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Saturday, Sept. 20, 2014

Dave Ramsey says: Government unlikely to take away investments

By Dave Ramsey

Published: Tue, Aug. 26 12:00 a.m. MDT

 I think there’s less than a 1 percent chance they’d seize the actual assets.

I think there’s less than a 1 percent chance they’d seize the actual assets.

(Mackon, Getty Images/iStockphoto)

Dear Dave,

I have a 5-year-old daughter, and I want to start a 529 for her. However, I’m concerned that the government might seize the 529 assets in order to pay off debt and give people treasury bonds instead. Do you think this might happen?

— Barry

Dear Barry,

I think there’s less than a 1 percent chance they’d seize the actual assets. Really, I don’t believe they’re any more likely to come take investments away than they are to come take your home. I mean, we’re really talking about private property here. If you have $100,000 in a retirement fund, and they say they’re going to take that away from you, it’s like taking a person’s home. I just don’t see that happening.

The big question, I think, is this: Are they likely to take away some of the tax benefits — like the 529 plan’s ability to grow tax-free? As in, they just come in and say they’re making it all taxable to pay the bills they’ve accumulated up in Washington, D.C., from all their stupid behavior. That kind of thing actually could happen.

— Dave

Dear Dave,

I’m retired, and my husband plans to work for several more years. We have $130,000 in savings accounts, plus a rental property. The rental property has a $150,000 mortgage, but we have no other debt. Should we sell the rental and reinvest in the stock market?

— Barbara

Dear Barbara,

If I were in your shoes, I’d be investing in mutual funds and paying off the rental property as fast as possible. That would be my game plan.

When it comes to mutual funds, you shouldn’t be jumping in and out. The key is to find good ones with long track records of success and stability. Then, leave the money alone for several years and let it do its thing.

— Dave

Dear Dave,

Is it possible to settle the debt on a student loan?

— James

Dear James,

Sallie Mae student loans, or federally insured student loans, are insured by the government. Translation: The bank is going to still get paid 100 percent by the taxpayers because the government is guaranteeing the loan. They have no reason to settle with you.

They’re not going to settle with you on the principal amount or the interest, James. You might be able to talk them down on the collection fees. They jack those way up. But the original amount you borrow, plus the actual interest that hasn’t been paid, is guaranteed by the government. They’ll get it from one of you.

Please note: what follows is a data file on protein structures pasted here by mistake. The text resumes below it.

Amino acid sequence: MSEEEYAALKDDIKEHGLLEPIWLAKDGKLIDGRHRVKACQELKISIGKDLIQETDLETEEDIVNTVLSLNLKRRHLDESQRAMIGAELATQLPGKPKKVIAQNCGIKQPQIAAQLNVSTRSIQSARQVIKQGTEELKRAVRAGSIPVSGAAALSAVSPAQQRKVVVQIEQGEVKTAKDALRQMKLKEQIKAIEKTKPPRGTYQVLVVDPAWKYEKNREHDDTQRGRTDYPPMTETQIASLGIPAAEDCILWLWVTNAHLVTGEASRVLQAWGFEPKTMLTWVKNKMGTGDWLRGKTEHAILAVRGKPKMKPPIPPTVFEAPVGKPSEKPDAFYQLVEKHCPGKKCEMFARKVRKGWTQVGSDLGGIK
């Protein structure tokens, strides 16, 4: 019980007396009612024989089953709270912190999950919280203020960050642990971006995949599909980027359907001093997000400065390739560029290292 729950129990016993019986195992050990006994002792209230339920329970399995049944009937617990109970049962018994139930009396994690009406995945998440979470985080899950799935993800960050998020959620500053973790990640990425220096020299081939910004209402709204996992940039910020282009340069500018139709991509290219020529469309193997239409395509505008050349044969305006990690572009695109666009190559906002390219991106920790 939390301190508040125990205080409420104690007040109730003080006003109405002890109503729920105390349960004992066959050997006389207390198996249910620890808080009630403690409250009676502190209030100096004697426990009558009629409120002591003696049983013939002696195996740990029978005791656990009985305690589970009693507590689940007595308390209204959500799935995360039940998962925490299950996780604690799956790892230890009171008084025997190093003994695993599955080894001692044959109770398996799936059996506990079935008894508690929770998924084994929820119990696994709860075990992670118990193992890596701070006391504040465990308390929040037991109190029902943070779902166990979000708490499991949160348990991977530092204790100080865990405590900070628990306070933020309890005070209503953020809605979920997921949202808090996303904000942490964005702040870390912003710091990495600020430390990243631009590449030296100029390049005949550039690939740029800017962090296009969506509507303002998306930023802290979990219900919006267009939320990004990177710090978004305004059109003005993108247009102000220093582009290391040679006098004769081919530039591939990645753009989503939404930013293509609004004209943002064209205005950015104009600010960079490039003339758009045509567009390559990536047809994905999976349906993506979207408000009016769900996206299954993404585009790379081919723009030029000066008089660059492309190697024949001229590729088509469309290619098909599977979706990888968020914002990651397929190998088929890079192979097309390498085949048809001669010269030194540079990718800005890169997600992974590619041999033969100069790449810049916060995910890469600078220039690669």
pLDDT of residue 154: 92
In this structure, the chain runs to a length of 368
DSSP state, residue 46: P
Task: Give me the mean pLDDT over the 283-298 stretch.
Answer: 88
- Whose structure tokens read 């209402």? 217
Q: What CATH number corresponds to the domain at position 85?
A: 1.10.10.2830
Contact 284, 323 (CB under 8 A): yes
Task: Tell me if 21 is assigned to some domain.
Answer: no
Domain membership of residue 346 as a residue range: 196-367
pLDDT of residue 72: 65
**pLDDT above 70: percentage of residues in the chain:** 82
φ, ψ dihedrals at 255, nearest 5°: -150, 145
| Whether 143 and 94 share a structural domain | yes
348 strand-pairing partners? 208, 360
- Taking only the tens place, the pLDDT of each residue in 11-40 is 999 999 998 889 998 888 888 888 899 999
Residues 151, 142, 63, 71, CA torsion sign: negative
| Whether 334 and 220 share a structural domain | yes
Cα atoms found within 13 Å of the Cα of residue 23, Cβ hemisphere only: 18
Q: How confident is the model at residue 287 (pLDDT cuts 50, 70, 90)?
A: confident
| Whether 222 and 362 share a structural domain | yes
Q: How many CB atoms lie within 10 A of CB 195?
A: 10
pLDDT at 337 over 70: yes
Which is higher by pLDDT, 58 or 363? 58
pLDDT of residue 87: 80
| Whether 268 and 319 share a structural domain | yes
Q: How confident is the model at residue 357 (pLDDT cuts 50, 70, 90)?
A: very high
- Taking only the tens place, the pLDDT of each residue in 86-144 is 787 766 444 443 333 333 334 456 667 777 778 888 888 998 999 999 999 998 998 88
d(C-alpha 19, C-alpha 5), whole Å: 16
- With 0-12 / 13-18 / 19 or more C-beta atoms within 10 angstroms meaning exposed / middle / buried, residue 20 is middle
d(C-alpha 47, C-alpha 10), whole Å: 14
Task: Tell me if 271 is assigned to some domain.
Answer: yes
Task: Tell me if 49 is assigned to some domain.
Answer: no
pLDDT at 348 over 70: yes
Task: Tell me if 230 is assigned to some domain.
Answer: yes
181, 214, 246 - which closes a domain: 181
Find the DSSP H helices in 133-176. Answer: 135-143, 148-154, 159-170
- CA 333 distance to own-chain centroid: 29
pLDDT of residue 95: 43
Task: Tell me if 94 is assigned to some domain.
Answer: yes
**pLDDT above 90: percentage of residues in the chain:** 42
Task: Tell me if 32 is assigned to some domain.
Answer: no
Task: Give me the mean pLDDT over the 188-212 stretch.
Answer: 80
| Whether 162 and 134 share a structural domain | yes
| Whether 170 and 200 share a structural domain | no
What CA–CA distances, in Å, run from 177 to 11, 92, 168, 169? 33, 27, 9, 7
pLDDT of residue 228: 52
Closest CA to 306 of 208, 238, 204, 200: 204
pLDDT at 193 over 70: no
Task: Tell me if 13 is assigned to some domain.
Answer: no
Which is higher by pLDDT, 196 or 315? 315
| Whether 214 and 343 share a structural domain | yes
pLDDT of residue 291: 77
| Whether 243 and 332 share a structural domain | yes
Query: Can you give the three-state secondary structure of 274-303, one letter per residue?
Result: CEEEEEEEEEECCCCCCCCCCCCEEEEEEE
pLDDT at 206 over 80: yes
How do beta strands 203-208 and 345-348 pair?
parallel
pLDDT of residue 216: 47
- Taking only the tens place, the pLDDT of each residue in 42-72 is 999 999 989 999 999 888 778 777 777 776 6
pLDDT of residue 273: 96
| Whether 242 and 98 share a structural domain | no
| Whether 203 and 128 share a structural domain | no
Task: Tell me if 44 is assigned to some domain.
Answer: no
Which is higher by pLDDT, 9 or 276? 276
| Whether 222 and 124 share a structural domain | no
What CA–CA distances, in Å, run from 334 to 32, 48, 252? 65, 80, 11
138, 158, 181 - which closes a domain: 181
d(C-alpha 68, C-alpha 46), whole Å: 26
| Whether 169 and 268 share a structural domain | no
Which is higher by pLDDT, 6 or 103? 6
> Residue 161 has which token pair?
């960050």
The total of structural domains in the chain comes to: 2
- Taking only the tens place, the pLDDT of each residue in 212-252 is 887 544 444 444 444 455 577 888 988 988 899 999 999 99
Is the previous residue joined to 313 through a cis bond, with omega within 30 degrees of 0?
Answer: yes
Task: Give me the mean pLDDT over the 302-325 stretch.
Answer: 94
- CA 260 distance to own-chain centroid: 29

— Dave

Follow Dave on Twitter at DaveRamsey and on the Web at daveramsey.com.

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1. george of the jungle
goshen, UT,
Aug. 26, 2014

With the dollar's buying power becoming less and less as the Fed Res floating the stock, There ain't no escape. What if the lone want equal buying power when they lone you money plus interest. If inflation is at 10% and interest is 5% and wages stay at 2%, How could you ever escape.

2. JustGordon
Cottonwood Heights, UT,
Aug. 26, 2014

There's been little if any inflation in the last 14 years, assertions or statements to the contrary are contrary to the facts.

The story about the confiscation of one's 401k assets has been a reoccurring theme on conservative talk shows for months. It is part of a plan to spread and increase public distrust of their government that has no basis in fact. By repeating relentlessly the same lies speculation has now become reality sadly of too many.

3. RedShirt
USS Enterprise, UT,
Aug. 26, 2014

To "JustGordon" you are living the lie.

The fact is that there has been quite a bit of inflation over the past 14 years.

14 years ago gas was about $1/gallon, now it is over $3/gallon.

Mil used to be less than $2/gallon, now it is around $3

Housing prices are higher.

Clothing costs are higher.

Most everything costs more now that it did 14 years ago.

Since you don't believe facts, I guess there isn't much point is directing you to "Current US Inflation Rates: 2004-2014" at US Inflation Calculator that uses government data to give us the Government's take on inflation over the past 10 years. (Hint, it has ranged between 1% and 4.1%.)